Title: Exit Ghost
Author: Philip Roth
Hardcover: 292 pages
Publisher: Houghton Mifflin Company
What surprised me most my first few days walking around the city? The most obvious thing – the cell phones. We had no reception as yet up on my mountain, and down in Athena, where they do have it, I’d rarely see people striding the streets talking uninhibitedly into their phones. I remembered a New York when the only people walking up Broadway seemingly talking to themselves were crazy. What had happened in these ten years fo there suddenly to be so much to say – so much so pressing that it couldn’t wait to be said? Everywhere I walked, somebody was approaching me talking on a phone and someone was behind me talking on a phone. Inside the cars, the driver were on the phone. When I took a taxi, the cabbie was on the phone. For one who frequently went without talking to anyone for days at a time, I had to wonder what that had previously held them up had collapsed in people to make incessant talking into a telephone preferable to walking about under no one’s surveillance, momentarily solitary, assimilating the streets through one’s animal senses and thinking the myriad thoughts that the activities of a city inspire. For me it made the streets appear comic and the people ridiculous.
–Exit Ghost by Philip Roth, pages 63-64
Nathan Zuckerman is man in the twilight years of his life. As an author, words and ideas have been his medium to work and creation, yet, now age seventy-one, senility and his growing “word salad” difficulty has begun is slowly robbing him of his ability to write. Once virile and in control of his destiny, a prostectomy has rendered him impotent and incontinent. And, after ten years of New England solitude, the hope of regaining some bladder control from a medical procedure has brought him back to the cosmopolis of his exodus, New York City, where he likens himself to Rip Van Winkle, returning from his twenty-year nap and finding the entire world changed.
In his week-long stay, he makes connections with three people who that threaten to irreversibly alter his chosen isolation and reality. With the first, he makes a rash decision to answer an add to swap homes and meets the young and seductive, Jamie Logan, who inspires a fantasy affair in Zuckerman’s mind and reawakens his all-but-lost desire for female company. His second, the serendipitous running into of Amy Bellette, the mistress of his literary icon, Manny Lonoff, reminds him of both his youthful past and his ever-creeping mortality. The third connection he makes is with Richard Kliman, an abrasive, tenacious wanna-be literateur, who believes he has discovered Lonoff’s “great secret” and wants to write his biography, exposing the author’s shameful “crime” in the titillating tell-all fashion of the modern biography, a genre of current writing that is more Weekly World News than World News.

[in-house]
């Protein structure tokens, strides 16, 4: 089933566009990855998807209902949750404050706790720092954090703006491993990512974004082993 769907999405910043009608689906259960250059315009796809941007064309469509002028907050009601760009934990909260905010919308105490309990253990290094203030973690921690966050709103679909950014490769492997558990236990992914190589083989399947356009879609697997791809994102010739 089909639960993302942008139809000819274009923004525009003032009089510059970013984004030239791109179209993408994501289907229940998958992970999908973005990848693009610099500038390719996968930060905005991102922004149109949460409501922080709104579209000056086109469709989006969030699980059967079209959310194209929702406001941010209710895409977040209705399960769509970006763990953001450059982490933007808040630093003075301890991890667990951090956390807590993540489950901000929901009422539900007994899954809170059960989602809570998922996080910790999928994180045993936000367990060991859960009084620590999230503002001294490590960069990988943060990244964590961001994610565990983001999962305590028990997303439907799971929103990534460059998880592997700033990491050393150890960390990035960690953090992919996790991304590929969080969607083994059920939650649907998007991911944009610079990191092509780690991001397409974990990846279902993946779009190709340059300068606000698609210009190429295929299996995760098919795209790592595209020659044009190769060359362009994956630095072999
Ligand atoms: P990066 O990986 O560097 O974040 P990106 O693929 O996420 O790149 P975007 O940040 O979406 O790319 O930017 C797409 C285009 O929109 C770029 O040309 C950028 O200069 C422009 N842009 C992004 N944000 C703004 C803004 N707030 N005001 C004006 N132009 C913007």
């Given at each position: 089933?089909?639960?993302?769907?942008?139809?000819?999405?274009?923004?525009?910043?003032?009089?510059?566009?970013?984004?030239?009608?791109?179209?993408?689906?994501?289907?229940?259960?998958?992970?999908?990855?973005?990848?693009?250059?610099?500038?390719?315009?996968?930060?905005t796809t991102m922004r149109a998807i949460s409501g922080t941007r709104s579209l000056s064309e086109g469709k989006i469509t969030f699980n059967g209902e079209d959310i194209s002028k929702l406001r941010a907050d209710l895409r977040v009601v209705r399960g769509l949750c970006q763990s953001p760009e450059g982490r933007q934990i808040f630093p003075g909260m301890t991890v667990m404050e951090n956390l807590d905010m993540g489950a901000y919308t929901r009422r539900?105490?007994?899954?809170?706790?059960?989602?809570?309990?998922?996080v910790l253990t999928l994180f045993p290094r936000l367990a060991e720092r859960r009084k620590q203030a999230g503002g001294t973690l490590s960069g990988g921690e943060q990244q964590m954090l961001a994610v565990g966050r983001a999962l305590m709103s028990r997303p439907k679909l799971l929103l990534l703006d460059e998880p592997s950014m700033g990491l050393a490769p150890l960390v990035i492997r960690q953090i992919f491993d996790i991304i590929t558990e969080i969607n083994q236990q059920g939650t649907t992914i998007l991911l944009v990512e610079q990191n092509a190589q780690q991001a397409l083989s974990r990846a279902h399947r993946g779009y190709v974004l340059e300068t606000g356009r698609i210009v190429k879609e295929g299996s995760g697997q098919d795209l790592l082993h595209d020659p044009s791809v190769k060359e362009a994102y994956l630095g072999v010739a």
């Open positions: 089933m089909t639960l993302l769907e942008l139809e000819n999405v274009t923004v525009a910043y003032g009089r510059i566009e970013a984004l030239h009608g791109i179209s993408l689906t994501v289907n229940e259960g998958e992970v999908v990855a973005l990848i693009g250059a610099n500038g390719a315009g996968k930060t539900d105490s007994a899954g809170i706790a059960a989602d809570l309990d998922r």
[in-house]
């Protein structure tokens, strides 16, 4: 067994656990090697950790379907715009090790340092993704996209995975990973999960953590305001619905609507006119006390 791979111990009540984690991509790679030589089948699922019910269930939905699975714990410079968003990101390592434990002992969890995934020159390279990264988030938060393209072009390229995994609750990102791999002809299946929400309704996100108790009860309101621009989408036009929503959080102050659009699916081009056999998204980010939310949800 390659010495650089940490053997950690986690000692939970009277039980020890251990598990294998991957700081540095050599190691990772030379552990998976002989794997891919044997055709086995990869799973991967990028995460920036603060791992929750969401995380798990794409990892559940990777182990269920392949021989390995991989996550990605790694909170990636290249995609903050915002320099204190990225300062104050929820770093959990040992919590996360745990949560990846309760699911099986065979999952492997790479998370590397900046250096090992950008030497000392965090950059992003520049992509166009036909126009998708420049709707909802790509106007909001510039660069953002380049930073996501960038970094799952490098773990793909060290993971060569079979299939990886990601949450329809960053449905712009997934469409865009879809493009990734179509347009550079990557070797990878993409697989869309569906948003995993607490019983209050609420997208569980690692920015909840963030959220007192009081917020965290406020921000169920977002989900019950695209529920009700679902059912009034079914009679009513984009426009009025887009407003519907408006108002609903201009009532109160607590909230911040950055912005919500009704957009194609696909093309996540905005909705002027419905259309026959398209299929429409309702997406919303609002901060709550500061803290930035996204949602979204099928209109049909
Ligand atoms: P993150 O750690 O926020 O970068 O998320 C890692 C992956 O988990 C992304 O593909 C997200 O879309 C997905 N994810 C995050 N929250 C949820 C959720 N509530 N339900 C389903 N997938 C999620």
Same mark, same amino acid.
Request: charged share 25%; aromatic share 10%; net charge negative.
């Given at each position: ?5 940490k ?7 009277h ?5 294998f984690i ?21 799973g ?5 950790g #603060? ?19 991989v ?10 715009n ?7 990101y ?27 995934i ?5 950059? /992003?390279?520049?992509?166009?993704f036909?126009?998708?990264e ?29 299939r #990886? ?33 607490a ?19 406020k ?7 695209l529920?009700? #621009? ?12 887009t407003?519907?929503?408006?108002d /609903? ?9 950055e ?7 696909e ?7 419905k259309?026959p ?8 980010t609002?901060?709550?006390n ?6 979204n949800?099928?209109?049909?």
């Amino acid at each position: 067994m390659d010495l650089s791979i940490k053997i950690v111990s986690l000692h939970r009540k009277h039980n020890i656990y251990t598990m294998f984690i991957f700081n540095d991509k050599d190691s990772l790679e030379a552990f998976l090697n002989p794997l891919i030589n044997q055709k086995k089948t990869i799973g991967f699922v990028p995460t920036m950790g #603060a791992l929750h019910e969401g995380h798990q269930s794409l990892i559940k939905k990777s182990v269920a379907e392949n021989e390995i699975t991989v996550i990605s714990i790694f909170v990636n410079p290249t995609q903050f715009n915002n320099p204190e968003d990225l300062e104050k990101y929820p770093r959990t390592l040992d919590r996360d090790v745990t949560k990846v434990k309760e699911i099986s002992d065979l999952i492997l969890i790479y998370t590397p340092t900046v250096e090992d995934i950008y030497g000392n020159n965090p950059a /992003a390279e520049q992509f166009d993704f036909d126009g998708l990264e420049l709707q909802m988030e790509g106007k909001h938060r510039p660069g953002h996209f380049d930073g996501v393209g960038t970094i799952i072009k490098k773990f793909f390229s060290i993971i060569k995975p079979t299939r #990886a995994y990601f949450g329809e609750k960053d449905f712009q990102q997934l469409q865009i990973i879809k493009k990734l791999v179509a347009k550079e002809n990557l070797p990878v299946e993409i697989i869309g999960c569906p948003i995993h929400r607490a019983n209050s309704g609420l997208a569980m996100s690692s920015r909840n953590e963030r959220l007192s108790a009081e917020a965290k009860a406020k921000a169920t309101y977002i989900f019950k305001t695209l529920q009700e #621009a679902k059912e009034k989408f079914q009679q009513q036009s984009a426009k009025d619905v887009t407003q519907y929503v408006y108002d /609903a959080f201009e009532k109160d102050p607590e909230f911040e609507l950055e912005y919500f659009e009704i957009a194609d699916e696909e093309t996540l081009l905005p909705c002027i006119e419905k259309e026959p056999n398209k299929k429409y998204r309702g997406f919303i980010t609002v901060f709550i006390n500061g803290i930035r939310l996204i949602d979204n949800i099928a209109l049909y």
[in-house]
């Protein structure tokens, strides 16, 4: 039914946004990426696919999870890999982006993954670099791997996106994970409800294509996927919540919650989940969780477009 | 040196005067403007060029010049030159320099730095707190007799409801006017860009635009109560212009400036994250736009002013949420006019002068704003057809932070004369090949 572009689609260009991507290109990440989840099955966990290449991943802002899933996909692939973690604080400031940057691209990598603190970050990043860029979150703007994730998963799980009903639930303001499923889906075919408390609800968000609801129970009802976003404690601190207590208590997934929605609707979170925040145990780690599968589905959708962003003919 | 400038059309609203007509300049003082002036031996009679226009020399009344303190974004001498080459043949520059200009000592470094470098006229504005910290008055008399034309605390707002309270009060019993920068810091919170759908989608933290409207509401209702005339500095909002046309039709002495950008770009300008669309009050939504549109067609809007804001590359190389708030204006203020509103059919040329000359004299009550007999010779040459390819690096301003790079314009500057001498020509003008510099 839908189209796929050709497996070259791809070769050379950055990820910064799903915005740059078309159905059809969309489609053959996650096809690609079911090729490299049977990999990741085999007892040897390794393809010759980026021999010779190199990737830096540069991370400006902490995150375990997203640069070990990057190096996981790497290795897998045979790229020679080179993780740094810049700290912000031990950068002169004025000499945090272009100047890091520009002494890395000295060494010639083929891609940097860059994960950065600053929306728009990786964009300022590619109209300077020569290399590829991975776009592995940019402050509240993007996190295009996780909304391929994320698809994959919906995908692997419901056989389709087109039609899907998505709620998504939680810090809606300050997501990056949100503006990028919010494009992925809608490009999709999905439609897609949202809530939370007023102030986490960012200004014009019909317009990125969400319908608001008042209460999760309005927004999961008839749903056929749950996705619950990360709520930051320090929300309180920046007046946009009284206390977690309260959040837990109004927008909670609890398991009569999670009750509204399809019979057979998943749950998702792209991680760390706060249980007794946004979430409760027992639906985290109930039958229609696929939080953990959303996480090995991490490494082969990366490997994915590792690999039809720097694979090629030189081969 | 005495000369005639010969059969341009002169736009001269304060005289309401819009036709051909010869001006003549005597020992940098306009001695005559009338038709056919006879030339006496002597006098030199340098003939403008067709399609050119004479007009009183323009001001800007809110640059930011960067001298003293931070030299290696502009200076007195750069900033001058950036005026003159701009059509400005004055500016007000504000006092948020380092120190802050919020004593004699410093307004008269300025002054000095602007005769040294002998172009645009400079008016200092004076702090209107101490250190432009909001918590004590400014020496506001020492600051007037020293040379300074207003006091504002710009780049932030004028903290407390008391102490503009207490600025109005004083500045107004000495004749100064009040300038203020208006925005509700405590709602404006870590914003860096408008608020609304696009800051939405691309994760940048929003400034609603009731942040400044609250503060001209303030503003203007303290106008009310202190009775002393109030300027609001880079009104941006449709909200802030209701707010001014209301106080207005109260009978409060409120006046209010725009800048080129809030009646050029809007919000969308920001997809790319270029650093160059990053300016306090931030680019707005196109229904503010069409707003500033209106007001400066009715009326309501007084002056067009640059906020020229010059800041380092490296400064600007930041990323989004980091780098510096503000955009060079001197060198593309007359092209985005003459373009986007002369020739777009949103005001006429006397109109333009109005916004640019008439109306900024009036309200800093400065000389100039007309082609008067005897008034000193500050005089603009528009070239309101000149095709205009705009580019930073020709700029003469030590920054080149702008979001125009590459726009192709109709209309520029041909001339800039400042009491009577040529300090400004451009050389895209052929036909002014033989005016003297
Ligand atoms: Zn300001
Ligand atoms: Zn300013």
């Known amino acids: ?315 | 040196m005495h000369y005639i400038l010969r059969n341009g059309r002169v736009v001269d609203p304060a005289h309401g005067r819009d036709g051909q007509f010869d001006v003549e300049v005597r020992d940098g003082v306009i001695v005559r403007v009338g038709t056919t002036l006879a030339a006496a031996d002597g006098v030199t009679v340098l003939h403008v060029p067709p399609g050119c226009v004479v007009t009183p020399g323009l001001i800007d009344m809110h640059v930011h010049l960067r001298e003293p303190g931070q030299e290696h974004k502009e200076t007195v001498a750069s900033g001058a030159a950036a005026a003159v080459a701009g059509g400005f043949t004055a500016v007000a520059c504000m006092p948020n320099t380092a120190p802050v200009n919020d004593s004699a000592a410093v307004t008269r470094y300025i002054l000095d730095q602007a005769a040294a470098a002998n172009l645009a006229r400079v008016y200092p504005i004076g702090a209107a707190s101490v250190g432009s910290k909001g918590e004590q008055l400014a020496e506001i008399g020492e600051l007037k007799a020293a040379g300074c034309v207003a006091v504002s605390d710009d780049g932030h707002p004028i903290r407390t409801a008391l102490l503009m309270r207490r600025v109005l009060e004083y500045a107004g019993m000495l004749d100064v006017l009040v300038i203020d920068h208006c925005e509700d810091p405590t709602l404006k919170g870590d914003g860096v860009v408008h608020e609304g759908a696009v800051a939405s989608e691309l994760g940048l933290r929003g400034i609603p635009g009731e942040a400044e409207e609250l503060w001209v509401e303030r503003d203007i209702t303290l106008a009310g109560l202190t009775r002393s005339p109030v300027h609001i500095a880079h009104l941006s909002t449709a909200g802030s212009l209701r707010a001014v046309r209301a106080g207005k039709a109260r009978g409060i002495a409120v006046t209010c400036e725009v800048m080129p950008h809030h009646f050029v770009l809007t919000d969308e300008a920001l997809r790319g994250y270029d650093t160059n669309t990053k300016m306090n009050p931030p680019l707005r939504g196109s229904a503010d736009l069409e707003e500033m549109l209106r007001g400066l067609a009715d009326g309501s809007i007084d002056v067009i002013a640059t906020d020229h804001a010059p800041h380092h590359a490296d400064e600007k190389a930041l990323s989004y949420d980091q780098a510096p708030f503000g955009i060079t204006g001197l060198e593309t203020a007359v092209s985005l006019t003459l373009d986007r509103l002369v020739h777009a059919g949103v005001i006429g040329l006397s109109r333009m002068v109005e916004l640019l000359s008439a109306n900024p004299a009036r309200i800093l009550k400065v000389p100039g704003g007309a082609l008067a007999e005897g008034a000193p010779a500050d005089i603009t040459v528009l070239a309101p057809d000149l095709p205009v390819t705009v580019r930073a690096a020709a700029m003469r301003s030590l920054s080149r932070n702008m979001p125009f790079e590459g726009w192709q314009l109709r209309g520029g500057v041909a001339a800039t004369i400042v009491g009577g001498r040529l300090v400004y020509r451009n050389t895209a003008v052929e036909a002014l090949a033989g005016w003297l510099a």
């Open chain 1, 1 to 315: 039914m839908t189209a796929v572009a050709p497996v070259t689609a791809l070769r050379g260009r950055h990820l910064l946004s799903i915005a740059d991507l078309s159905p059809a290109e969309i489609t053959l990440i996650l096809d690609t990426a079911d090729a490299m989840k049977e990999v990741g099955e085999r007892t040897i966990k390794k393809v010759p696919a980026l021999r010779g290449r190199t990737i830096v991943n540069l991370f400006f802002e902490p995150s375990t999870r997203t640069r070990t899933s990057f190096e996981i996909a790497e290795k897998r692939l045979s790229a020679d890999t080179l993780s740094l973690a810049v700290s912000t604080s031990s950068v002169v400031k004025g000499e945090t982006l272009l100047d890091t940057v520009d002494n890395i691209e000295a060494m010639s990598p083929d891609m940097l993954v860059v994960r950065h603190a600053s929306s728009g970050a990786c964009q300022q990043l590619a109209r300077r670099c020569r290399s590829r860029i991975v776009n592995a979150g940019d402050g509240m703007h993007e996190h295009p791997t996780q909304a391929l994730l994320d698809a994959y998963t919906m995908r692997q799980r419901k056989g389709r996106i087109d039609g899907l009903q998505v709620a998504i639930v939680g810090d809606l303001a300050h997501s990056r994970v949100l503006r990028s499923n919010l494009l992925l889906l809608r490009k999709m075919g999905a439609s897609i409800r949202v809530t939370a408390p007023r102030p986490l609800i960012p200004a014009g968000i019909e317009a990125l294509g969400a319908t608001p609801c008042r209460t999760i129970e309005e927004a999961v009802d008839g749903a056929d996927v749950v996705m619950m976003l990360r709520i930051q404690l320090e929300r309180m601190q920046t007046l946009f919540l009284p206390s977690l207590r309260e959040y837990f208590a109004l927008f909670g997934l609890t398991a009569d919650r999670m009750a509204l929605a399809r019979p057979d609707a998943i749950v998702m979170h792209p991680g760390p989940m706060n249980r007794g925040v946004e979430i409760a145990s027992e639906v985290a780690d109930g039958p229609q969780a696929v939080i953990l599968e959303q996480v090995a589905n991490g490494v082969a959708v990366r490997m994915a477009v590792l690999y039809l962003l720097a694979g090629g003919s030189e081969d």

Meeting these three people force Zuckerman to face and accept the realities that his isolation has allowed him to ignore: He is getting old, each day bringing him closer to his own life’s end, and after his death he will no longer have control of that life he lived, as some young writer wanting to make a name for himself may decide to write the expose of Nathan Zuckerman. In the end, he asks himself this questions: Once I am dead, who can protect the story of my life? How will I have failed to be the model human? What will be my great, unseemly secret?
Exit Ghost is my first experience reading Philip Roth, but I don’t plan on making it my last. Slow going at first, I wasn’t sure I would really be able to get into it. How can a mid-thirties, single mom understand and relate to a septuagenarian man? How can I, a moderate to conservative Republican from the mid-west, relate to a liberal Democrat New Englander? I’m a product of the Eighties and Nineties, he is a product of the fifties and sixties. I’m a W.A.S.P. and he a Jew. I am in the Summer of my life when all my body parts are where the good Lord put them, and work within normal parameters. He is entering the Winter of his, incontinent, showing the beginning of dementia, with a mutinous body. I’m aware death will someday happen, though not many I know have experienced it. Zuckerman is facing it’s certainty, many of his friends and contemporaries having already passed through that gate.
However, for all this lack of commonality, Roth manages the miraculous; for a time, a young woman in her prime became an aging man in his decline.
Winner of several prestigious awards, Philip Roth is a skilled, intelligent yet readable, wordsmith. He references Joseph Conrad (an author I have not yet read, but I do have Heart of Darknesson Mt. TBR) often in Exit Ghost, and I found his writing style to be reminiscent of Faulkner (not surprisingly, he has won the PEN/Faulkner Award three times).
For it’s ability to transport the reader to a life completely foreign and unimaginable, as well as for it’s well-written and memorable passages that are sure to be included in quotable literature books, I give Exit Ghost by Philip Roth five out of five stars.
Filed under: Book Reviews | Tagged: adultery, aging, cancer, divorce, elderly, impotance, incest, incontinance, isolationism, Jew, Jewish, Jewish literature, liberal, mortality, Nathan Zuckerman, Nazi, New England, novelist, terrorism, writer, Youth |